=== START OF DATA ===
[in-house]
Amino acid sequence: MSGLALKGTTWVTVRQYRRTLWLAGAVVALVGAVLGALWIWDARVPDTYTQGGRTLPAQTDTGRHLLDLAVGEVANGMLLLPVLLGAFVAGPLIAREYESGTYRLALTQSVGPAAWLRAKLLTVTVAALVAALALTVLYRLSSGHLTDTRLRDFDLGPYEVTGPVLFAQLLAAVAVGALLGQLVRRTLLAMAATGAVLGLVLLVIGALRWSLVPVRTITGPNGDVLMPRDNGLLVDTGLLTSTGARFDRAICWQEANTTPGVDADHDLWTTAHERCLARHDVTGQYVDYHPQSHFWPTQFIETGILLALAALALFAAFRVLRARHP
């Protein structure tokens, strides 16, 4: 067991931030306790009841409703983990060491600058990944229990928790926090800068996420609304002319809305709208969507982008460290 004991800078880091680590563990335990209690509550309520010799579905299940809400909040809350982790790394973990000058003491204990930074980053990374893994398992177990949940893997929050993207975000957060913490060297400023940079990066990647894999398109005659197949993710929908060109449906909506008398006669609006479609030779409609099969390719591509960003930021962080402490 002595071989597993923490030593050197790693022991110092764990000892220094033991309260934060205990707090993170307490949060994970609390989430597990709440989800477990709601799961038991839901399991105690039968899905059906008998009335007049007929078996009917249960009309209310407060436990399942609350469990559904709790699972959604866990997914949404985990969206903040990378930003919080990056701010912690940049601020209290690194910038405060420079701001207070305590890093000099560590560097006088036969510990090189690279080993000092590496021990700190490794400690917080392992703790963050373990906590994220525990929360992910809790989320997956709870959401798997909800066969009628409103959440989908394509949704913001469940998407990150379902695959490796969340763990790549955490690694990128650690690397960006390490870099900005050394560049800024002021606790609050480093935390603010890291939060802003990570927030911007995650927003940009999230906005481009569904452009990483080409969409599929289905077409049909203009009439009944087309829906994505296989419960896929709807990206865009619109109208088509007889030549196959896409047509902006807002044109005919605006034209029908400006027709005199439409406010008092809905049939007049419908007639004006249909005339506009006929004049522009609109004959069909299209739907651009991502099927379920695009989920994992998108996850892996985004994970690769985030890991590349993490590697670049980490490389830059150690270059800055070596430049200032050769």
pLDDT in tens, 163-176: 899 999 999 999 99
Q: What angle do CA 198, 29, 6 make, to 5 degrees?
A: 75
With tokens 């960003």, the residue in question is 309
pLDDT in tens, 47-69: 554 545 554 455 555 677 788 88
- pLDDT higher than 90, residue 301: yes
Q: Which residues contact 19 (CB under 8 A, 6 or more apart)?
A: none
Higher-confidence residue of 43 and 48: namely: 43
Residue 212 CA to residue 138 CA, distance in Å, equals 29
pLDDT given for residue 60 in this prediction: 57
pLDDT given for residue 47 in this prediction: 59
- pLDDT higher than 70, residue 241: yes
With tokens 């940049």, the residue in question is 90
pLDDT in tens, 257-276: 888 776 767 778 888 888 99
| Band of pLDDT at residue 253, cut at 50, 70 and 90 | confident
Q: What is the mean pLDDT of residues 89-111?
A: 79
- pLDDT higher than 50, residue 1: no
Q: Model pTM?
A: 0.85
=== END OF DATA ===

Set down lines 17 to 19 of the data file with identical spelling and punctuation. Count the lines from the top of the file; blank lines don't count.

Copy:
With tokens 């940049």, the residue in question is 90
pLDDT in tens, 257-276: 888 776 767 778 888 888 99
| Band of pLDDT at residue 253, cut at 50, 70 and 90 | confident